PROBLEM 5.
Let's consider a plane of graph with n vertices, each
of which is of degree 3.
Example:
B --------------- C
|\ /|
| \ / |
| \ / |
| G \-----/ F |
| | | |
| | | |
| H /-----\ E |
| / \ |
| / \ |
|/ \|
A --------------- D
Let the vertices X,Y and Z be adjacent to the vertex T.
We say Y is the left-hand and Z the right-hand neighbour
of T with respect to X, if the oriented angle XTZ is
smaller than the angle XTY (positive being the counter-
clockwise direction).
For example, E is the right-hand and G the left-hand
neighbour of H in respect of A because the oriented angle
AHE is smaller than the angle AHG.
Write a program that:
1. Inputs the coordinates of the graph vertices and
the edges and draws it on the computer display
using appropriate scale. (Edges should be
displayed as straight lines.)
2. Given a pair of vertices X0 and X1 and a sequence
of the letters L and R, it should find a path
X0X1X2...Xn on the graph, such that:
- X0 and X1 are the first two vertices;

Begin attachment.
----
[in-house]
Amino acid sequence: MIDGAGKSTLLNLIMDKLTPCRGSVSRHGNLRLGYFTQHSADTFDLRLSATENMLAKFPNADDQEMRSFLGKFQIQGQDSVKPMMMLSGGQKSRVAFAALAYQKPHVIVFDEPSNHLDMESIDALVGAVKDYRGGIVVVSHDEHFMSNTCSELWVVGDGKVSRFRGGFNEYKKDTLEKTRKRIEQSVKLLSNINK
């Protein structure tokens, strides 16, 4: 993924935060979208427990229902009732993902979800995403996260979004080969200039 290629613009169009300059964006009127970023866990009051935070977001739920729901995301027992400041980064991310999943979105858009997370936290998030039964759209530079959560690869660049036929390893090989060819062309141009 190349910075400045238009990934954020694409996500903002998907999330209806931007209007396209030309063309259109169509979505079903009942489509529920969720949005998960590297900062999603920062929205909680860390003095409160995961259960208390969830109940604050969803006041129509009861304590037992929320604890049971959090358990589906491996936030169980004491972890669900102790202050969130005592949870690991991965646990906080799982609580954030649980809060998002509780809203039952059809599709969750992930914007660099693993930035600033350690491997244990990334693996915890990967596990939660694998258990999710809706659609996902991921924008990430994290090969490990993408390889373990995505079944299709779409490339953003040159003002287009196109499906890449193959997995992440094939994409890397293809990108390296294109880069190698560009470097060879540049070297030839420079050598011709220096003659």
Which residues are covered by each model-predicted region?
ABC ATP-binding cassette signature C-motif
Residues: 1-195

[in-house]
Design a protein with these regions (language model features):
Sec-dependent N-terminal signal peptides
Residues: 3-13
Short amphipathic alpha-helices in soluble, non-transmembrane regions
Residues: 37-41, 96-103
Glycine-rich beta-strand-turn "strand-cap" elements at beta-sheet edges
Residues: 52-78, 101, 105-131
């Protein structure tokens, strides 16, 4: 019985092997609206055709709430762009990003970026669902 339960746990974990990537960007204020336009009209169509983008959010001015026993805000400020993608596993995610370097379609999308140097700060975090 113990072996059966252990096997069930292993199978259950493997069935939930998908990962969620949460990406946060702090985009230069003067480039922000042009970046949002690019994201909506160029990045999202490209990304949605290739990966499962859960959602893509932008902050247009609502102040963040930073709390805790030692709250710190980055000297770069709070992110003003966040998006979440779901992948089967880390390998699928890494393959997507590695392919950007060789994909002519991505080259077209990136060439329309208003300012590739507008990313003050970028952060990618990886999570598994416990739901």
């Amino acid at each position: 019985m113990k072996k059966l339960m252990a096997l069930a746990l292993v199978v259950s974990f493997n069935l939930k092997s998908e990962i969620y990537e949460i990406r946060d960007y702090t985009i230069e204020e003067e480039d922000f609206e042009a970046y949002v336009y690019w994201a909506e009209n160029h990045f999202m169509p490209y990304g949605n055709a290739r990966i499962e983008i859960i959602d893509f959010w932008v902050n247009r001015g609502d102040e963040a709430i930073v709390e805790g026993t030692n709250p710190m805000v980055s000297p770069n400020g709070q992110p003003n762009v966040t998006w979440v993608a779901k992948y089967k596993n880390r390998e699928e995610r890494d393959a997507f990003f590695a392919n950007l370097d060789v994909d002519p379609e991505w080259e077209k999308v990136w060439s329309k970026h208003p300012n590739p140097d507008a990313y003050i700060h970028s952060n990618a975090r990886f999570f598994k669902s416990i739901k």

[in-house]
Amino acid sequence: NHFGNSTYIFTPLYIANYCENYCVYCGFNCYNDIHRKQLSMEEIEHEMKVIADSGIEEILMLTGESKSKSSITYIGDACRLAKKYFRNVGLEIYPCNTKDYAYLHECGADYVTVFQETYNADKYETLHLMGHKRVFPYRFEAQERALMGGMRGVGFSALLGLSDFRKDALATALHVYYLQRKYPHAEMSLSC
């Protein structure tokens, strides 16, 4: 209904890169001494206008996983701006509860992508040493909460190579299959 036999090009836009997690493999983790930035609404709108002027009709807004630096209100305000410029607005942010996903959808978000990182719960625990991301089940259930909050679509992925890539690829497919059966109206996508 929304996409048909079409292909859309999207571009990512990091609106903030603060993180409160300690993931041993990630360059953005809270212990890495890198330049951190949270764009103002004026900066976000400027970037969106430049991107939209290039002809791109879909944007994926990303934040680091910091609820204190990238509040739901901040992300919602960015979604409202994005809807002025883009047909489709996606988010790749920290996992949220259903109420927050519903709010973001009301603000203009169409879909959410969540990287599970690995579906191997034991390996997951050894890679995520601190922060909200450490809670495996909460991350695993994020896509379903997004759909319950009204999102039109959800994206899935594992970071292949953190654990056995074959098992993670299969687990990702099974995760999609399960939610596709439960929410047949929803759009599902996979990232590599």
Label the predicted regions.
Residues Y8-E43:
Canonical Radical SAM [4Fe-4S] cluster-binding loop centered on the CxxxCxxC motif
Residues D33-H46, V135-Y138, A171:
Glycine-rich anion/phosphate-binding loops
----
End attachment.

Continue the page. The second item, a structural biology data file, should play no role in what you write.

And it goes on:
- Xi+1 is the left-hand or the right-hand
neighbour of Xi with respect to Xi-1, depending
on the (i-2)-th letter in the control sequence
being L and R.
Example:
The path generated for the graph from the former
example, using A and H as starting vertices and the
sequence LRRLLR is AHGFEDCB.
3. Draws the path found in subproblem 2 on the
screen.
4. Uses a starting and an ending vertex, builds a
path that goes through the least possible number
of vertices, draws it on the screen and outputs
the two starting vertices and the control
sequence that would generate the same path as
defined in subproblem 2.
PROBLEM 6.
An icosahedron is given. It is a regular polyhedron. Its
sides are numbered from 1 throught 20.
The icosahedron should be routed so that to reach each
side only once.
The route cost C is defined by the scalar product:
20
C =SUM i*fi
i=1
where fi is the number of the side which is reached in
the i-th step.
One may pass from one side to another only if these sides
are adjacent.
A. Two sides will be adjacent if there exists a
common edge;
B. Two sides will be adjacent if there exists a
common edge or a common point.
Find the routes with minimal costs for the cases given
above.
Remark:
If for time or space complexity of the algorithm you
may not find the exact solution you could propose a
satisfactory one.